Amazon has announced availability of a new X1 virtual machine instance on the Amazon Web Services (AWS) cloud platform, providing customers with 2TB of memory and enough processing power for demanding applications such as in-memory databases, big data and high-performance computing (HPC).
Available from today, the new X1 instances can be provisioned by customer request on Amazon's Elastic Compute Cloud (EC2) service in several regions, including US East and US West, EU (Ireland), EU (Germany) and Asia Pacific, and will roll out to additional regions in the coming months.
Amazon claimed that the new instances allow the firm to extend the elasticity, simplicity and cost savings of the AWS cloud to support enterprise-grade applications for customers with large dataset requirements.
Each X1 instance offers 2TB of memory, eight times that of any other Amazon EC2 instance, and is underpinned by four Intel Xeon E7 8880 v3 processors clocked at 2.3GHz, providing 128 virtual CPU cores. It also features 10Gbps of network bandwidth and 10Gbps of dedicated bandwidth to volumes on Amazon's Elastic Block Storage service.
However, Amazon also claimed that X1 instances have the lowest price per gigabyte of memory provided, and are ideal for operating in-memory databases like SAP HANA, big data platforms like Apache Spark or Presto, as well as HPC applications.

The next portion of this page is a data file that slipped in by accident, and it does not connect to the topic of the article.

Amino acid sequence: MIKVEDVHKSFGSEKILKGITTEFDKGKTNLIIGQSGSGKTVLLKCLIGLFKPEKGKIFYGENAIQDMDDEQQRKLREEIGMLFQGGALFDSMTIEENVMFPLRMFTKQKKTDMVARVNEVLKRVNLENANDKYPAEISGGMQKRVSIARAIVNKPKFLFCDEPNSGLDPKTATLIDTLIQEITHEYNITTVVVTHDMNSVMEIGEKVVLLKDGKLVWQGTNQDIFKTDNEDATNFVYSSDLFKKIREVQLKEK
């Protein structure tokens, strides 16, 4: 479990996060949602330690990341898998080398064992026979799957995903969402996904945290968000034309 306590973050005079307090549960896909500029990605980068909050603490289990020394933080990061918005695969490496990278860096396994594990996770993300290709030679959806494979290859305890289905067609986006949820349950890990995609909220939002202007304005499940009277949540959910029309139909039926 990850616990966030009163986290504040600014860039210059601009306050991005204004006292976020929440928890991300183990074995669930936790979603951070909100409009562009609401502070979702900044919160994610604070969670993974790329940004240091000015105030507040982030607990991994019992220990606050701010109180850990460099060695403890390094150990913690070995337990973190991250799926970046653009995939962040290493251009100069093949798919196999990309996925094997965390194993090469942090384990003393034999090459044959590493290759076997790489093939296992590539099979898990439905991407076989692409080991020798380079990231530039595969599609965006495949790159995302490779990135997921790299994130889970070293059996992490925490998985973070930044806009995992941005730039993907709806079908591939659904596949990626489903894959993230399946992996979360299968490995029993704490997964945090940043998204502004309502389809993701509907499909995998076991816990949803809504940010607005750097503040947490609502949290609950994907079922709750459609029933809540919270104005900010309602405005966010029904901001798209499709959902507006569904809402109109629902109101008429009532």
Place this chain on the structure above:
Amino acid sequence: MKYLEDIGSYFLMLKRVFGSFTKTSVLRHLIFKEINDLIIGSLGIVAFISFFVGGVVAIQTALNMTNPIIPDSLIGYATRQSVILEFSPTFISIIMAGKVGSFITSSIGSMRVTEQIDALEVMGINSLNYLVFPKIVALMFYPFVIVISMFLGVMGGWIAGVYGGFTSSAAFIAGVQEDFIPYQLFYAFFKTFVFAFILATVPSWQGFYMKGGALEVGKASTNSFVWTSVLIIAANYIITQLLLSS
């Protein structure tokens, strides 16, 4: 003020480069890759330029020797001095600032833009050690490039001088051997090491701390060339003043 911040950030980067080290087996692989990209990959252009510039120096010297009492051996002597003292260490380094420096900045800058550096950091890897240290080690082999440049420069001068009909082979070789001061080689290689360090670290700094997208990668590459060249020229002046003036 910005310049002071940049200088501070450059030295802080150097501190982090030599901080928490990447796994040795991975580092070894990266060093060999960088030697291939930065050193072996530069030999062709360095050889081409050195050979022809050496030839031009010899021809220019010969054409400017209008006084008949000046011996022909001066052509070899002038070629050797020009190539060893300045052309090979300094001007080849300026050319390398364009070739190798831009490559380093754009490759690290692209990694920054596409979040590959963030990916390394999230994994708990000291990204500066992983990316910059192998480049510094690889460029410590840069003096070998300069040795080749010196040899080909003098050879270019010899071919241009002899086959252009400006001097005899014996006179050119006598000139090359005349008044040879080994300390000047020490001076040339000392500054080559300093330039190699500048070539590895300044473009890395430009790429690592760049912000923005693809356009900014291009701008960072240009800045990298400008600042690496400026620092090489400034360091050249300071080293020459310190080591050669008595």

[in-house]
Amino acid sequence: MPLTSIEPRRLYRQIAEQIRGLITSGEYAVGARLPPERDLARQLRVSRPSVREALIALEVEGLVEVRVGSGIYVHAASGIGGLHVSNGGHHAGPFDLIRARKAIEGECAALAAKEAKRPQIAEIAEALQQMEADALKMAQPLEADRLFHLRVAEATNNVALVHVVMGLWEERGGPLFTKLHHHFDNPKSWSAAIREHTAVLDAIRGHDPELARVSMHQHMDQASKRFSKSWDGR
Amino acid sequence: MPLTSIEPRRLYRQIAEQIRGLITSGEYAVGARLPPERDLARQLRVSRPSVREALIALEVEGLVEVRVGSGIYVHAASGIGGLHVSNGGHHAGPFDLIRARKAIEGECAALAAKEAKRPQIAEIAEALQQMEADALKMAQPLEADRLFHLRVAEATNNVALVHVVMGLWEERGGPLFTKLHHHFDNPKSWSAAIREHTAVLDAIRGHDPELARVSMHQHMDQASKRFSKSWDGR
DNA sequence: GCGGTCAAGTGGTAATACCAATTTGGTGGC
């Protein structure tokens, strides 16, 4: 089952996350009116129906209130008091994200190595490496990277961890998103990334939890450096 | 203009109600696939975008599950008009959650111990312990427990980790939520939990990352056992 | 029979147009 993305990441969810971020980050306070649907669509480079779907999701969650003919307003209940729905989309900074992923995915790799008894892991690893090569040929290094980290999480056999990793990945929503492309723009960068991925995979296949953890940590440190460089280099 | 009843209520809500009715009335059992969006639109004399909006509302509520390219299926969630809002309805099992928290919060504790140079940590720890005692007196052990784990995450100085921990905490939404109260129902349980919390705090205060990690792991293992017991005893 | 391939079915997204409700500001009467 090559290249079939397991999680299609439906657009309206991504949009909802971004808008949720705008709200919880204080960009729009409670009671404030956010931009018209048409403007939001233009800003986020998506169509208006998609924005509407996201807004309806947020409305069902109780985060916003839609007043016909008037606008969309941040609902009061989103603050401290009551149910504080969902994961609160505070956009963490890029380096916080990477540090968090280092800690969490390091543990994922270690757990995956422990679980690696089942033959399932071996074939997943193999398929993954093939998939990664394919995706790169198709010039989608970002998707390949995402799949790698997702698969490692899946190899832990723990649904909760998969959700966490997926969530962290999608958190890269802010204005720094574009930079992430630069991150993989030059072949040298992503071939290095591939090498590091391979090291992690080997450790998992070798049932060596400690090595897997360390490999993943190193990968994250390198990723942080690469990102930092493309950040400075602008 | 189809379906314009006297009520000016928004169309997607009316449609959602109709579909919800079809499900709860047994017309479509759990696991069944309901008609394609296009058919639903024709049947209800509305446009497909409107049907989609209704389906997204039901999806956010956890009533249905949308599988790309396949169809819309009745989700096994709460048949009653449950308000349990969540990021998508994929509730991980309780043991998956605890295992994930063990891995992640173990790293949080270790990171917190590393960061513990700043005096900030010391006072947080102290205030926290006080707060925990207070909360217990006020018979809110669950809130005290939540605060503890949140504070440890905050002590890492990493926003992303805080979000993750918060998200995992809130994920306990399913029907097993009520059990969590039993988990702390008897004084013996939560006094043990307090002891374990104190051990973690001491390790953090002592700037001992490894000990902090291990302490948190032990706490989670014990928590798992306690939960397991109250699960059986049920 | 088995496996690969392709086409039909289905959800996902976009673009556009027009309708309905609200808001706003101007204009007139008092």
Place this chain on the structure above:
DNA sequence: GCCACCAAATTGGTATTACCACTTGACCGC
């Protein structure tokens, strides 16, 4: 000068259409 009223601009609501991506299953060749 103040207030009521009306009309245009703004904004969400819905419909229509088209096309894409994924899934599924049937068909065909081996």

The new X1 instances are also certified for SAP workloads, including S/4 HANA, SAP Business Suite on HANA, and SAP Business Warehouse on HANA.
"Many AWS customers are currently running HANA in scale-out fashion across multiple R3 instances. Many of these workloads can now be run on a single X1 instance. This configuration will be simpler to set up and less expensive to run," said AWS chief evangelist Jeff Barr, writing on the AWS blog.
Barr pointed out that the Xeon E7 chips used to deliver the X1 instances have key features to boost the handling of demanding workloads in shared-memory multi-processor environments.
"The new TSX-NI instructions support something cool called transactional memory. The instructions allow highly concurrent, multithreaded applications to make very efficient use of shared memory by reducing the amount of low-level locking and unlocking that would otherwise be needed around each memory access," he explained.
Pricing for Amazon's X1 instances is $3.97 per hour, billed on a Three-Year Partial Upfront Reserved Instance basis.
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